Despite the COVID-19 pandemic, the World Food Programme has continued to support the food and nutritional needs of 14,300 refugees in the Mantapala Refugee Settlement. The refugees receive a monthly food basket of fortified maize meal, beans, fortified oil and iodized salt.
Specialised nutritious food is also included in the food basket to improve the refugee’s nutritional status.
On 3rd May 2020, WFP started piloting the cash assistance programme in the Settlement, initially targeting 1,500 refugees with the plan to gradually scale up to 5,000 refugees.
The selection of refugees was a consultative process at community level, with refugees deciding among themselves who wanted to shift to cash assistance.
Due to limited of funding, the cash entitlement was reduced to K85 per person per month in May with full entitlements K155 per person per month expected to resume in the coming months thanks to donor contributions.
Cash assistance has the potential to significantly impact food and nutrition security in Mantapala Refugee Settlement, according to WFP Country Representative Jennifer Bitonde who said giving cash to the refugees will empower them to choose the food they consume and will enable them to buy different types of food, helping them to diversify their diets.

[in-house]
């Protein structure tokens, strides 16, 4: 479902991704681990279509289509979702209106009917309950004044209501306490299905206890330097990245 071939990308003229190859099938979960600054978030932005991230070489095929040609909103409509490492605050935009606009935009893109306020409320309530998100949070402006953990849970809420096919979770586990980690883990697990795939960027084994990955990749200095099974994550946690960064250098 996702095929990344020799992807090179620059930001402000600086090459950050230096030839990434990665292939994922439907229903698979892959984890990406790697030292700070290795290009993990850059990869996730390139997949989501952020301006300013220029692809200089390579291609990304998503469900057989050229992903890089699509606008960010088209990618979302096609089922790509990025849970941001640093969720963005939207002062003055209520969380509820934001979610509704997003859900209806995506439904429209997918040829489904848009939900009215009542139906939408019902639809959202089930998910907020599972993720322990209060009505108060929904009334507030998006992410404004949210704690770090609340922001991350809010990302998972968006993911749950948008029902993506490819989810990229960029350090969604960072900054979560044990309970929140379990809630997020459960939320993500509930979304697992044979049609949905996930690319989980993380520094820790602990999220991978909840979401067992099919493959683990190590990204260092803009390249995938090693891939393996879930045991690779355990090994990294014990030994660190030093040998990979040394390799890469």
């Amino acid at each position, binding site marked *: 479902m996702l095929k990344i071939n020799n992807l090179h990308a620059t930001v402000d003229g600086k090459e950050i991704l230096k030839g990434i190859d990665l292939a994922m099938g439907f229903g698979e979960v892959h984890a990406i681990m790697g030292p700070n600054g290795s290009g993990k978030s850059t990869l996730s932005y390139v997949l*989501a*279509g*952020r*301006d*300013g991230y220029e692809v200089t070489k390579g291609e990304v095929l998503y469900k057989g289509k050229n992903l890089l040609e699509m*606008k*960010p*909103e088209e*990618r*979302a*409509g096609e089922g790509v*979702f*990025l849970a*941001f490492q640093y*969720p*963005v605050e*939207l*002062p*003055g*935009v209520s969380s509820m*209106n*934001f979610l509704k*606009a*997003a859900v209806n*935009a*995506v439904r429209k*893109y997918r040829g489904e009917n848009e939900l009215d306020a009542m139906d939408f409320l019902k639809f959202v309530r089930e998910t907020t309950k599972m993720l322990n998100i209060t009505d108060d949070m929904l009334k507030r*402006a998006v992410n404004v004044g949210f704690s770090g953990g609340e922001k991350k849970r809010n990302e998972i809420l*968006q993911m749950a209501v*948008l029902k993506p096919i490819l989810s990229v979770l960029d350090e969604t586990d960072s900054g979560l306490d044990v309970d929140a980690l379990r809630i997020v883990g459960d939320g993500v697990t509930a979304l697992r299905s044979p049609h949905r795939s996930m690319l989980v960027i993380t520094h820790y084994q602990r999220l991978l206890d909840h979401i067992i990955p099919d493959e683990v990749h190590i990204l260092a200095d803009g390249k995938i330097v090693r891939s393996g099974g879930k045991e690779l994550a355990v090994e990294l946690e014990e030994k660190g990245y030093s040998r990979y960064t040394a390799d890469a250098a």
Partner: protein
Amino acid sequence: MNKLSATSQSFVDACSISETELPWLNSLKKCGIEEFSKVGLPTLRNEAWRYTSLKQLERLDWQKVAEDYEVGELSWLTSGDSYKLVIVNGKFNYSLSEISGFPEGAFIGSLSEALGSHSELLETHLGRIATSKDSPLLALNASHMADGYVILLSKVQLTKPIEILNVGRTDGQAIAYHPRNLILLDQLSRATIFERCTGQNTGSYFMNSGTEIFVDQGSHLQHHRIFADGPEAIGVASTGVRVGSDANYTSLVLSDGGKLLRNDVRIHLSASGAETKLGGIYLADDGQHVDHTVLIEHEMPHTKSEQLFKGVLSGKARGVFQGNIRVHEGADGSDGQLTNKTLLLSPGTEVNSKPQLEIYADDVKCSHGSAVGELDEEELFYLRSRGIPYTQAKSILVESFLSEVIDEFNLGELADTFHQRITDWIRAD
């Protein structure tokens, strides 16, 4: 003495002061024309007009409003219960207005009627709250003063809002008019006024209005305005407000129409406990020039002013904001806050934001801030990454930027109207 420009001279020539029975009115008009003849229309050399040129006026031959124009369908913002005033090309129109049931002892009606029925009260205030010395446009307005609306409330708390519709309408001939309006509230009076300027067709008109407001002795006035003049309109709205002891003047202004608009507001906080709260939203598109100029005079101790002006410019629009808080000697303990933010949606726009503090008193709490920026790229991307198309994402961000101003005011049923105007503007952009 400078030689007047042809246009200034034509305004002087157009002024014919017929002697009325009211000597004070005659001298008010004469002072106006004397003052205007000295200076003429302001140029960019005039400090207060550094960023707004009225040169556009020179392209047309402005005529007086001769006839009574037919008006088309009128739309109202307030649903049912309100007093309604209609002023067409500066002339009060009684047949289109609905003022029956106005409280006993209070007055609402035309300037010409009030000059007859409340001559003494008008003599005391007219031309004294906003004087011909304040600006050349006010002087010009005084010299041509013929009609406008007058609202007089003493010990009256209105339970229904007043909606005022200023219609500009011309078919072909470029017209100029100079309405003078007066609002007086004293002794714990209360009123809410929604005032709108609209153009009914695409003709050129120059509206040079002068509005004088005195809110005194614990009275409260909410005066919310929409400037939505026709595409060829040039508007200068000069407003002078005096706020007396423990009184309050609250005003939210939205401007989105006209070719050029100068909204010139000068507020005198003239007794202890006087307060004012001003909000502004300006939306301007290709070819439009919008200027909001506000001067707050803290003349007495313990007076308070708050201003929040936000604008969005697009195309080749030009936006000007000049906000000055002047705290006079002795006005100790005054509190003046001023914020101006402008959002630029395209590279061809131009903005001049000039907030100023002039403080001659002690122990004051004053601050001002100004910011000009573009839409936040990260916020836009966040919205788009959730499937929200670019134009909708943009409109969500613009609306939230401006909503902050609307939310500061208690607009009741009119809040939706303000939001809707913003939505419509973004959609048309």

Mrs Bitonde said the cash transfers will also help stimulate local markets, contributing towards peaceful coexistence between refugees, local traders and the host communities.
She said cash assistance is particularly preferable over food distributions during the COVID-19 pandemic, as it will be delivered using mobile money services through the network operator MTN.
Mrs Bitonde said the use of electronic money over cash and food limits human contact and the need to gather for distributions, which could assist in slowing the pandemic transmission within Zambia.
She said while families are free to spend the cash as they want, WFP is working with partners to sensitize the refugees to prioritize nutritious food.
She said ahead of the CBT roll-out, WFP conducted a robust awareness and sensitisation campaign on the importance of good nutrition and diversified diets, as well as financial literacy to empower recipients, especially women, in the management of cash.
Mrs Bitonde added that the shift to cash assistance has been made possible with funding from donors that have generously supported the refugees since 2017 when the refugees first arrived in Zambia.
“With the COVID-19 pandemic evolving and intensifying in Zambia, it is crucial that donors and partners continue to support the refugees to avoid any future funding shortfalls”, Mrs Bitonde added.
She said most of the refugees (80 percent) are women and children who require humanitarian assistance to survive, reflected by the high stunting rates of 66 percent in children under five.
She added that in times of hardship, they often engage in negative coping mechanisms, which could expose them to the virus and erode progress made in improving their food security of the affected families.